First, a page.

7-Day Healthy Challenge: Sugar Detox

Many of us are familiar with the connection between sugar and cancer, however a global pandemic, on top of the December holidays, may mean that many of you, like me, have been consuming more sweet treats lately, even though we may know better. You may have experienced over these past timeless months, that eating more sugar can contribute to a sugar addiction and that the more we have, the better we feel from it, the more we want and crave it.  

One of the biggest concerns is the amount of added sugars in our diets, which are often hidden in foods. Although we know that ice cream is an obvious source of sugar, other foods that may not even taste sweet – such as salad dressings, tomato sauces and breads – can be loaded with the white stuff.

Reducing and eliminating all added sugars from your diet is a valuable goal – not only for people with cancer. Many health experts confidently claim that there is not one person who wouldn’t benefit from removing these sugars from their diet.

What we are recommending this week is to:

  • Eliminate all added sugar from your diet, for at least 3 days, however the longer the better and many of us may be able to last a full week.
  • Go cold turkey with sugar elimination – believe it or not, this is easiest as that sweet taste in your mouth will make you crave it even harder. By quitting it altogether for a specified amount of time, you will recalibrate your palate, reducing cravings and that sugar-dependency. Natural sugar in fruit, for example, will start to taste sweeter.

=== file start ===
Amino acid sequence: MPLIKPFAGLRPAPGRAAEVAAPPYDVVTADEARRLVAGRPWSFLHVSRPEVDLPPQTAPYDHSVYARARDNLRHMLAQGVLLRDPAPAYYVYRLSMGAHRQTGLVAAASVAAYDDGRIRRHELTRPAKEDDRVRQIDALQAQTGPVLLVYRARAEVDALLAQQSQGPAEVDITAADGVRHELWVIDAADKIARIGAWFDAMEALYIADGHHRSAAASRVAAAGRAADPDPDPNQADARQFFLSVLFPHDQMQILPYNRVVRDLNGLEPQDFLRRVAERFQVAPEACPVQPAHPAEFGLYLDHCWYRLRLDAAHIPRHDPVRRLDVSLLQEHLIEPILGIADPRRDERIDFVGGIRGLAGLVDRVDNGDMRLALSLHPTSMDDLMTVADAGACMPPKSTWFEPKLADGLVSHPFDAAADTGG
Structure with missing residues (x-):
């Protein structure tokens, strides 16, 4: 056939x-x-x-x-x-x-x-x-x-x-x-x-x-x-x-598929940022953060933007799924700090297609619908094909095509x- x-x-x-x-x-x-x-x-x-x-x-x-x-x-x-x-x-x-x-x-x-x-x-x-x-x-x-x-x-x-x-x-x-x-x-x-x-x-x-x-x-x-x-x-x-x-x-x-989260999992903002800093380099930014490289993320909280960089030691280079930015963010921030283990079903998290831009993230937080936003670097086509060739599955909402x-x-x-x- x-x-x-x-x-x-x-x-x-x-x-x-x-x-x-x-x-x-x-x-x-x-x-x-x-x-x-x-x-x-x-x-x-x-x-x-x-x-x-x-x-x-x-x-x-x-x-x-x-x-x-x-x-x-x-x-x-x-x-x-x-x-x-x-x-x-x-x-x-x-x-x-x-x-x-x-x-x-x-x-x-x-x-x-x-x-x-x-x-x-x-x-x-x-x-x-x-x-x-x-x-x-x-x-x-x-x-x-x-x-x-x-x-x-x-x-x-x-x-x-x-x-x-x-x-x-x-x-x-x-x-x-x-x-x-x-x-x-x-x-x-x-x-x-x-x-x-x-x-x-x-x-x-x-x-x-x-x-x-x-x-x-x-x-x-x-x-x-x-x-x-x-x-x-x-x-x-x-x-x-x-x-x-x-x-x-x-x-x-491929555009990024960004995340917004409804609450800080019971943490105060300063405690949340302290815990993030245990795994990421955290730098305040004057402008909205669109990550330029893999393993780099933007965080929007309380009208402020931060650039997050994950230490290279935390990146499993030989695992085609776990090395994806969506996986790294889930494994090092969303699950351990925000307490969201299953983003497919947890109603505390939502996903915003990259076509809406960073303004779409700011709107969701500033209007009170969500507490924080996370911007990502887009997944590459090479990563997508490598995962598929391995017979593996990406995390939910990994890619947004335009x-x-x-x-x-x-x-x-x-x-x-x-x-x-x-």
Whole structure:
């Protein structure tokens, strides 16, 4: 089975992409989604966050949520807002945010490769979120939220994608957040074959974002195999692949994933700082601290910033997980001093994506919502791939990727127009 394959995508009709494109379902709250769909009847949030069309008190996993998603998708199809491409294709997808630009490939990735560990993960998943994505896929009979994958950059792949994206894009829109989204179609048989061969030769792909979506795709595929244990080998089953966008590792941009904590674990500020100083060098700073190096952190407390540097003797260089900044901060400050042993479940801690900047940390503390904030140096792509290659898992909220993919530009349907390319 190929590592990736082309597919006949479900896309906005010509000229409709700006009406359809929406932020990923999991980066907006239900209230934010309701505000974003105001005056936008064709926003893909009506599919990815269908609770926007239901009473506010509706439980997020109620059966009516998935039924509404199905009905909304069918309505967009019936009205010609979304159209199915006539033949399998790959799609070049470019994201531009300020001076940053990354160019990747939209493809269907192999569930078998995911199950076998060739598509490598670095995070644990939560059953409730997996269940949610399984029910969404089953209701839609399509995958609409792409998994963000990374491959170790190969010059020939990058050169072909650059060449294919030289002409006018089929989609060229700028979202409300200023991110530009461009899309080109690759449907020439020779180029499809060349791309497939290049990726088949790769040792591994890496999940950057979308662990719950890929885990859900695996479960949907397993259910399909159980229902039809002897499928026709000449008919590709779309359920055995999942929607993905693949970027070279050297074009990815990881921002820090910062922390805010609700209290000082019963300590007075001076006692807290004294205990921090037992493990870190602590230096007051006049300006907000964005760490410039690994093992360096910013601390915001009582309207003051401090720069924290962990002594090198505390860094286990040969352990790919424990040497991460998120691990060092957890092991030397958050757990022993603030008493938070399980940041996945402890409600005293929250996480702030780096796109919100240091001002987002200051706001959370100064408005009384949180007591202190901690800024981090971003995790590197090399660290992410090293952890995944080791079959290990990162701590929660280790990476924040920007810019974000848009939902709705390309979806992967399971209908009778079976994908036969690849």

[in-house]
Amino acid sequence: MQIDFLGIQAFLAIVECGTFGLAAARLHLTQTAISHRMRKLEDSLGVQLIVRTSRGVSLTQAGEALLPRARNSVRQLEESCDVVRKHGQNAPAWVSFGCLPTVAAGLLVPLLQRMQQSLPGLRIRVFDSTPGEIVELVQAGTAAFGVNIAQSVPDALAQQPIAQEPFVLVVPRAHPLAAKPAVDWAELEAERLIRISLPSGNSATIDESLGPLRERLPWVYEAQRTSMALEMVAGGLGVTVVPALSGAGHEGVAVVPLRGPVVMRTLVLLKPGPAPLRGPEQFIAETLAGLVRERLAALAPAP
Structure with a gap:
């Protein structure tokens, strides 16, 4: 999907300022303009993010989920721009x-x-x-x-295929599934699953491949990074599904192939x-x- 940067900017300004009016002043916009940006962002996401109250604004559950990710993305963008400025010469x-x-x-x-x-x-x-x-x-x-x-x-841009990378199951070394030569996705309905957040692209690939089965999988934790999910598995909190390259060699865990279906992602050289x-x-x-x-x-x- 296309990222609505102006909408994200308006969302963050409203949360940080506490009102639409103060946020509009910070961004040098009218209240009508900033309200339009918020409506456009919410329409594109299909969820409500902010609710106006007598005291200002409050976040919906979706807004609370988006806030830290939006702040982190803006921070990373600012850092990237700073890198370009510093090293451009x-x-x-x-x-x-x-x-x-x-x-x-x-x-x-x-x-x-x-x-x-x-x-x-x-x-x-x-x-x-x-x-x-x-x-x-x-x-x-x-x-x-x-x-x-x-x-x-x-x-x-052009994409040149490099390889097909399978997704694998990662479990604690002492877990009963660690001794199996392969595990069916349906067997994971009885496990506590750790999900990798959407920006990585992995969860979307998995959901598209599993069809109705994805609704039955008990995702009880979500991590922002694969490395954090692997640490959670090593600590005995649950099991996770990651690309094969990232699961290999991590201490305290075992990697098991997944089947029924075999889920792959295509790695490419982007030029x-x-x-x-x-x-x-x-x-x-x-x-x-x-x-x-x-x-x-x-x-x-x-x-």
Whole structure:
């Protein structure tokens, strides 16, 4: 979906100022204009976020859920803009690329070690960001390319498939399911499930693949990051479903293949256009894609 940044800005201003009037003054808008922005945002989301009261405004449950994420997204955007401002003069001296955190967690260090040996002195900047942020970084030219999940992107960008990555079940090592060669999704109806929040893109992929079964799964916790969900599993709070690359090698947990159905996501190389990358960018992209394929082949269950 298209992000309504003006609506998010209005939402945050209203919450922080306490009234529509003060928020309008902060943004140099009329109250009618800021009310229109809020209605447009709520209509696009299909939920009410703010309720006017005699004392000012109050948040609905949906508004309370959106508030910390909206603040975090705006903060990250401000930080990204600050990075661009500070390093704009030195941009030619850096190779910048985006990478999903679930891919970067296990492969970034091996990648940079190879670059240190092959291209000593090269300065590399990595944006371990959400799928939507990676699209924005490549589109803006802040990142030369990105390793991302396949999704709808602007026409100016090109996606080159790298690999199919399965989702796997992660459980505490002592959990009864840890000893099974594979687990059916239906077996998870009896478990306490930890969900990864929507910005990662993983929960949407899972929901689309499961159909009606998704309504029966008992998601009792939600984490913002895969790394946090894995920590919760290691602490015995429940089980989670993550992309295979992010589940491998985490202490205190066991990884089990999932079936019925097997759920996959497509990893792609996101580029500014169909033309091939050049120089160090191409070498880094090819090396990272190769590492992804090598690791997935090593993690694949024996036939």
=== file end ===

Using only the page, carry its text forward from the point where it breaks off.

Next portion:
• Although they don’t contribute calories, artificial sweeteners are not allowed during this detox either. Again, we are hoping to reset our taste buds and these ultra-sweet sweeteners can dull them and make them less reactive to that real sweetness taste.
  • Keep an eye out for sugar ingredients by reading food labels: agave nectar, brown sugar, cane crystals, cane sugar, corn sweetener, corn syrup, crystalline fructose, dextrose, evaporated cane juice, fructose, fruit juice concentrates, glucose high-fructose corn syrup, honey, invert sugar, lactose, malt sugar, malt syrup, maltose, maple syrup, molasses, raw sugar, sucrose
  • Lastly, have a plan for those high-craving times, like the middle of the afternoon, or after dinner. These are excellent opportunities to start a new habit, like eating a piece of delicious fruit, or instead, doing a short walk, a mindfulness exercise or taking a self-compassion break.

While a sugar detox may sound extreme, it can be a great way to cut out your intake of refined sugars and move toward a cleaner diet and better health. It’s important that you do what works best for your lifestyle and body, but cutting back on sugar will likely benefit your health. If you would like extra support on moving towards a healthy, anti-cancer diet, consider joining our Cancer Nutrition Program, held online, Tuesday nights from January 19th to February 9th. Learn more about all of our programs here: CCNM Integrative Cancer Centre Program and Events.

Author: Dr. Elise Hoffman, ND